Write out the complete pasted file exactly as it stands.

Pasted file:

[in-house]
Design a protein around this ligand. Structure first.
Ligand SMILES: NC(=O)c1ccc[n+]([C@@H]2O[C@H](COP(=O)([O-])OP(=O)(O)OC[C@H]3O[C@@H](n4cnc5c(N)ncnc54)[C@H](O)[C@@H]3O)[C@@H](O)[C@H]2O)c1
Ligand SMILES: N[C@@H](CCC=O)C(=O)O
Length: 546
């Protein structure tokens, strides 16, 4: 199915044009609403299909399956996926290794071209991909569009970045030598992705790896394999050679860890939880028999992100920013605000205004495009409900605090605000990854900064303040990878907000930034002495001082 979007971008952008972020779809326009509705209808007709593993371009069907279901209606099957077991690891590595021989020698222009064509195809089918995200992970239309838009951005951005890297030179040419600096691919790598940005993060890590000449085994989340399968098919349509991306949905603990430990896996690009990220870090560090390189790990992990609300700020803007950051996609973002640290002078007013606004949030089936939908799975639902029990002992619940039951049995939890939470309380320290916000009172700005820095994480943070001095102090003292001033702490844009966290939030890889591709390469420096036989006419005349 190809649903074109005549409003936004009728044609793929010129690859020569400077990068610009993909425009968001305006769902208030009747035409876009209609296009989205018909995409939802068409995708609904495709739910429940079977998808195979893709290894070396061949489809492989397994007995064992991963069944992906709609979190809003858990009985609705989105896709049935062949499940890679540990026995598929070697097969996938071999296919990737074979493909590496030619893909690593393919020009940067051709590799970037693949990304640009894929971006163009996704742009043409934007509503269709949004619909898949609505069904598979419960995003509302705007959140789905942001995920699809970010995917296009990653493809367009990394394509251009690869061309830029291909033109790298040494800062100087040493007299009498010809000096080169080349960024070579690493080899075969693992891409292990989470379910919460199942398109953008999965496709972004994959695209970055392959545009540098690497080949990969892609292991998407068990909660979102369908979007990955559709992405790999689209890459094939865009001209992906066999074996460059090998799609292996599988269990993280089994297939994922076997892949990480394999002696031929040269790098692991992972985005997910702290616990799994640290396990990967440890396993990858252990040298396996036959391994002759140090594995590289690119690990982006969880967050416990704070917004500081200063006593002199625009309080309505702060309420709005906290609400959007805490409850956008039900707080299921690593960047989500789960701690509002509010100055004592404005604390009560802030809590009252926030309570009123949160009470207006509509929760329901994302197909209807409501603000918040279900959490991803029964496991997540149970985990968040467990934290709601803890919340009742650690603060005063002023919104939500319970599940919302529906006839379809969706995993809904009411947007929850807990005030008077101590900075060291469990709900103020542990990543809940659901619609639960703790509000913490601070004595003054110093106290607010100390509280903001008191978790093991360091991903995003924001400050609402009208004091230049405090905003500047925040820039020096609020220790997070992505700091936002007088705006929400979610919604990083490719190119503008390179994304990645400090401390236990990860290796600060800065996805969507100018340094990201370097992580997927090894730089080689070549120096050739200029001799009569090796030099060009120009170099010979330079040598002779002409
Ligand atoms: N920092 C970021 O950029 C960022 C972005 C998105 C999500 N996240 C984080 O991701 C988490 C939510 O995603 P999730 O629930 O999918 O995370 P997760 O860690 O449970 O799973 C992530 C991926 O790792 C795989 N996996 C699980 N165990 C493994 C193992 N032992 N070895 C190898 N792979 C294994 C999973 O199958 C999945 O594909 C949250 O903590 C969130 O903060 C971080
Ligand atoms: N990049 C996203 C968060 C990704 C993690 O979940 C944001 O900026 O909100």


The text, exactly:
[in-house]
Design a protein around this ligand. Structure first.
Ligand SMILES: NC(=O)c1ccc[n+]([C@@H]2O[C@H](COP(=O)([O-])OP(=O)(O)OC[C@H]3O[C@@H](n4cnc5c(N)ncnc54)[C@H](O)[C@@H]3O)[C@@H](O)[C@H]2O)c1
Ligand SMILES: N[C@@H](CCC=O)C(=O)O
Length: 546
């Protein structure tokens, strides 16, 4: 199915044009609403299909399956996926290794071209991909569009970045030598992705790896394999050679860890939880028999992100920013605000205004495009409900605090605000990854900064303040990878907000930034002495001082 979007971008952008972020779809326009509705209808007709593993371009069907279901209606099957077991690891590595021989020698222009064509195809089918995200992970239309838009951005951005890297030179040419600096691919790598940005993060890590000449085994989340399968098919349509991306949905603990430990896996690009990220870090560090390189790990992990609300700020803007950051996609973002640290002078007013606004949030089936939908799975639902029990002992619940039951049995939890939470309380320290916000009172700005820095994480943070001095102090003292001033702490844009966290939030890889591709390469420096036989006419005349 190809649903074109005549409003936004009728044609793929010129690859020569400077990068610009993909425009968001305006769902208030009747035409876009209609296009989205018909995409939802068409995708609904495709739910429940079977998808195979893709290894070396061949489809492989397994007995064992991963069944992906709609979190809003858990009985609705989105896709049935062949499940890679540990026995598929070697097969996938071999296919990737074979493909590496030619893909690593393919020009940067051709590799970037693949990304640009894929971006163009996704742009043409934007509503269709949004619909898949609505069904598979419960995003509302705007959140789905942001995920699809970010995917296009990653493809367009990394394509251009690869061309830029291909033109790298040494800062100087040493007299009498010809000096080169080349960024070579690493080899075969693992891409292990989470379910919460199942398109953008999965496709972004994959695209970055392959545009540098690497080949990969892609292991998407068990909660979102369908979007990955559709992405790999689209890459094939865009001209992906066999074996460059090998799609292996599988269990993280089994297939994922076997892949990480394999002696031929040269790098692991992972985005997910702290616990799994640290396990990967440890396993990858252990040298396996036959391994002759140090594995590289690119690990982006969880967050416990704070917004500081200063006593002199625009309080309505702060309420709005906290609400959007805490409850956008039900707080299921690593960047989500789960701690509002509010100055004592404005604390009560802030809590009252926030309570009123949160009470207006509509929760329901994302197909209807409501603000918040279900959490991803029964496991997540149970985990968040467990934290709601803890919340009742650690603060005063002023919104939500319970599940919302529906006839379809969706995993809904009411947007929850807990005030008077101590900075060291469990709900103020542990990543809940659901619609639960703790509000913490601070004595003054110093106290607010100390509280903001008191978790093991360091991903995003924001400050609402009208004091230049405090905003500047925040820039020096609020220790997070992505700091936002007088705006929400979610919604990083490719190119503008390179994304990645400090401390236990990860290796600060800065996805969507100018340094990201370097992580997927090894730089080689070549120096050739200029001799009569090796030099060009120009170099010979330079040598002779002409
Ligand atoms: N920092 C970021 O950029 C960022 C972005 C998105 C999500 N996240 C984080 O991701 C988490 C939510 O995603 P999730 O629930 O999918 O995370 P997760 O860690 O449970 O799973 C992530 C991926 O790792 C795989 N996996 C699980 N165990 C493994 C193992 N032992 N070895 C190898 N792979 C294994 C999973 O199958 C999945 O594909 C949250 O903590 C969130 O903060 C971080
Ligand atoms: N990049 C996203 C968060 C990704 C993690 O979940 C944001 O900026 O909100």